Fraud and Privacy Violation Risks in the Financial Aggregation Industry
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Université de Sherbrooke and Ryerson University
Anastassios Gentzoglanis, Professor at the Université de Sherbrooke
Avner Levin, Associate Professor at Ryerson
This research project explores the privacy, fraud and potential online financial risks and security issues arising from the increasing use of account aggregation services offered to Canadian consumers by nonbank and bank aggregators. The research team used a modified version of the Structure-Conduct-Performance paradigm. This model was used to identify the main issues to be investigated and analyze them with the objective of understanding the structure of the aggregation industry in Canada, the conduct of financial aggregators, and their respective performance. Additionally, researchers reviewed literature and secondary data from various sources, developed a questionnaire, which was distributed to French-speaking and English-speaking Canadians (Quebec and Ontario), and provided an analysis of their findings.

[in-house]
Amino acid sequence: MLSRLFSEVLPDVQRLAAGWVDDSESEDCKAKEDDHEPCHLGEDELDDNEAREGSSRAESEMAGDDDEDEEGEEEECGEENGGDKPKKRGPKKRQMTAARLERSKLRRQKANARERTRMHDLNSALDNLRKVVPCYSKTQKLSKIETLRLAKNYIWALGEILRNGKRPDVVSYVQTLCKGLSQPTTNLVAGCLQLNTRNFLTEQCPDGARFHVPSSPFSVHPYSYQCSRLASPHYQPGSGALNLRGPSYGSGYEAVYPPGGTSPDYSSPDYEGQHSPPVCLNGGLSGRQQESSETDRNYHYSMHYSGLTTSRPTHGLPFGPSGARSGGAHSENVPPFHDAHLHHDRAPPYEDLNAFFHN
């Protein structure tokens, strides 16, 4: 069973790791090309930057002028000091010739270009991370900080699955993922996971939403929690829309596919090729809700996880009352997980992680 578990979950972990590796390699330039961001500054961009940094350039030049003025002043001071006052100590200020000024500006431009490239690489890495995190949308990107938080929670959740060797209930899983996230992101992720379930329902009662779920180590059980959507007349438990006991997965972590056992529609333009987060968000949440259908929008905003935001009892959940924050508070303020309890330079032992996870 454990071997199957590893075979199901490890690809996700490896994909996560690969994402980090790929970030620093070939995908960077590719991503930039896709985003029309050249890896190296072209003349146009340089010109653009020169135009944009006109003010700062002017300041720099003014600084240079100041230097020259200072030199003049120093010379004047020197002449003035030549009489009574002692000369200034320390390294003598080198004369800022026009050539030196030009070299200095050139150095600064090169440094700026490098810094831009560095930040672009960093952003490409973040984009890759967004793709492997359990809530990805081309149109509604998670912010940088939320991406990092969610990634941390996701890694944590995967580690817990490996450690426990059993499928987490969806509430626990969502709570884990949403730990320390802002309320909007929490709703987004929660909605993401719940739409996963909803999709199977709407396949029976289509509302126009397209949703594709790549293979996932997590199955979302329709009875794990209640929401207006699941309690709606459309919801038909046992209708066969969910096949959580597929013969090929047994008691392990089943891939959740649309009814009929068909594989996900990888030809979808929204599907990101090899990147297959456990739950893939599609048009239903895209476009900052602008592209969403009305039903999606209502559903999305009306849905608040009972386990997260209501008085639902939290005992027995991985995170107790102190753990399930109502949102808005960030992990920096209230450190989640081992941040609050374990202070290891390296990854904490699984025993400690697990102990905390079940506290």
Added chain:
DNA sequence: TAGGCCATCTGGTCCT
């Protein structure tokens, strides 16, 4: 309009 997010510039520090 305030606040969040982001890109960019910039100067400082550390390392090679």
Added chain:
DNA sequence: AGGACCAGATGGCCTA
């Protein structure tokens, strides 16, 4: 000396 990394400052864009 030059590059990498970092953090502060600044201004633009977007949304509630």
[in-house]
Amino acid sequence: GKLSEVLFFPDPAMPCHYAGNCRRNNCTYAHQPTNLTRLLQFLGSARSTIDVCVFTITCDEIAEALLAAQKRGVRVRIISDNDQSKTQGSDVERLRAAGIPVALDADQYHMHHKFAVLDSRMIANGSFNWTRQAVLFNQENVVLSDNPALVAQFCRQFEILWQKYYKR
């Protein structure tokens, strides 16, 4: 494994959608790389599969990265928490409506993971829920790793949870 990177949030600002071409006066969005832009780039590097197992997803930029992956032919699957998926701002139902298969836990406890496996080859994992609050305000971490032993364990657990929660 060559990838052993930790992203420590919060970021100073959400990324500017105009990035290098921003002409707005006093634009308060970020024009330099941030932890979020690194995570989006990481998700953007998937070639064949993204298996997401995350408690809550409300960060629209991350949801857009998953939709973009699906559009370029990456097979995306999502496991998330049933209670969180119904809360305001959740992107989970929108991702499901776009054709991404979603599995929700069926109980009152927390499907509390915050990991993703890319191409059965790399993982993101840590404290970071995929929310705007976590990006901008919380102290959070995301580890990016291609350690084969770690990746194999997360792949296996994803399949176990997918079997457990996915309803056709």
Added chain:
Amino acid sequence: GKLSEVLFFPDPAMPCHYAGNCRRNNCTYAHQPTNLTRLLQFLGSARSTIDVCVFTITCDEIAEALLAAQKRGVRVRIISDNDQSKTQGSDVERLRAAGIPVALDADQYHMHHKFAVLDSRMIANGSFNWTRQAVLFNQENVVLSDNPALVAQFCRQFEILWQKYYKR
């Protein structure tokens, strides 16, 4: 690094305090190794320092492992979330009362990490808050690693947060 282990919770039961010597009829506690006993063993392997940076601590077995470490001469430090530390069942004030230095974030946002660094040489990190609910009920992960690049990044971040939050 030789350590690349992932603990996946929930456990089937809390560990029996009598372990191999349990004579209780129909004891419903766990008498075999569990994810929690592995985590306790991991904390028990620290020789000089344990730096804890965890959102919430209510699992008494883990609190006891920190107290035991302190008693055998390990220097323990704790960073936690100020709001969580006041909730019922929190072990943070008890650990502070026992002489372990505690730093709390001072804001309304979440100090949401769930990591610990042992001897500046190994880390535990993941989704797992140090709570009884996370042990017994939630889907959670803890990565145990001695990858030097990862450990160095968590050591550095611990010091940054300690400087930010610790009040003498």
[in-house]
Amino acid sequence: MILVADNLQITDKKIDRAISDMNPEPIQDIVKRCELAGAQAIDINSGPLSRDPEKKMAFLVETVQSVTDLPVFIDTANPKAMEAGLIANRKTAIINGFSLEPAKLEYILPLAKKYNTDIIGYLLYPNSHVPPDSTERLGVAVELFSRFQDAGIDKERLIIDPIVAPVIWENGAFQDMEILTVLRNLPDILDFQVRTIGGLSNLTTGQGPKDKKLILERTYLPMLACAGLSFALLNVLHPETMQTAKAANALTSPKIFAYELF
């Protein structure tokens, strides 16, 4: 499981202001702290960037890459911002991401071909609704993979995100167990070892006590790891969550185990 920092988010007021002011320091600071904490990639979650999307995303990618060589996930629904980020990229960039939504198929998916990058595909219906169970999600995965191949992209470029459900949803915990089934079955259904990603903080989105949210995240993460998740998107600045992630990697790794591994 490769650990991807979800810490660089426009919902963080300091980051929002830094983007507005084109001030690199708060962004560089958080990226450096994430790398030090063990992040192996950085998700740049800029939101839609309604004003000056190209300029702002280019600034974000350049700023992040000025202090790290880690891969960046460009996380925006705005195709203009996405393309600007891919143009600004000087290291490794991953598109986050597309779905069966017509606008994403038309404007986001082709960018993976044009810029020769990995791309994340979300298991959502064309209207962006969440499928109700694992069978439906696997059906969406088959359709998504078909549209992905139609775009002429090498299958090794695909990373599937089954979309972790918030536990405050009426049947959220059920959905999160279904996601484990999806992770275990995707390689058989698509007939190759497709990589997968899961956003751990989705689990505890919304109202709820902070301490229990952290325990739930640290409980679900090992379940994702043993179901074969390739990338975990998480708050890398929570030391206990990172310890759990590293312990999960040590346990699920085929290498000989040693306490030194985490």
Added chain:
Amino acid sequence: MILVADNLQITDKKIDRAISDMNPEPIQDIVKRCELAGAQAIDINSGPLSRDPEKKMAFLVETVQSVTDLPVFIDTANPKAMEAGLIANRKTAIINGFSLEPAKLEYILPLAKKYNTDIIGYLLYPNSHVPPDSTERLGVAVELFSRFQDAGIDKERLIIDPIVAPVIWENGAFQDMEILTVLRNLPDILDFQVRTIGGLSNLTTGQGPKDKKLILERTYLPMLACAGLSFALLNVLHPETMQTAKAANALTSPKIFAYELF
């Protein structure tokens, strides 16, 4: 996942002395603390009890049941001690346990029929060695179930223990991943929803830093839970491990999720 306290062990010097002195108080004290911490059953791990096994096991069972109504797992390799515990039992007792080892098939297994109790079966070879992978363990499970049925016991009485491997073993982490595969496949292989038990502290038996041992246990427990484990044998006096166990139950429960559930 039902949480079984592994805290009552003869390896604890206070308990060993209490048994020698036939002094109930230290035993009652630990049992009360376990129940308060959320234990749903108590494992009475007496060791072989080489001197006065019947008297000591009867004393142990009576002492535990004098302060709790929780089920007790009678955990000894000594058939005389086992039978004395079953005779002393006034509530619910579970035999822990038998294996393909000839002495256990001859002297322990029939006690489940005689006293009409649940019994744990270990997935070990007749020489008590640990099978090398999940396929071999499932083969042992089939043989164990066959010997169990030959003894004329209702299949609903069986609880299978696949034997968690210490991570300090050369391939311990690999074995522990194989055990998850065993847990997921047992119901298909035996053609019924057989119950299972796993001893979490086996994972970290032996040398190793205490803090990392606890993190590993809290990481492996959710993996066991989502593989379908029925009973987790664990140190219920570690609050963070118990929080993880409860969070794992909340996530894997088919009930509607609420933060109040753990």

The researchers’ survey findings demonstrated that English and French-speaking Canadians have some behavioral characteristics in common but there are some important differences about perceptions concerning the financial aggregation industry. The main differences concern their beliefs regarding the trustworthiness of financial aggregators, their attitude towards the risks concerning violation of privacy, fraud, and the level of security of the technologies used by financial aggregators.
The researchers concluded that regulation may not be appropriate at this stage of development of the financial aggregation industry, as the financial aggregators are still striving to find the most appropriate business model to penetrate the market. Although some use a fee-for-service model, others offer the service for free. Further, the technologies used by the industry are changing drastically and there is no dominant secure technology in use. At this stage of technological convergence and development of the financial aggregation industry, regulation as a prevention mechanism is rather inappropriate. Nonetheless, the researchers recommend that overseeing and monitoring this industry may contribute to the creation of a business environment where Canadians feel more secure.
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OPC Funded Project
This project received funding support through the Office of the Privacy Commissioner of Canada’s Contributions Program. The opinions expressed in the summary and report(s) are those of the authors and do not necessarily reflect those of the Office of the Privacy Commissioner of Canada. Summaries have been provided by the project authors. Please note that the projects appear in their language of origin.
Université de Sherbrooke
2500, boul. de l'Université,
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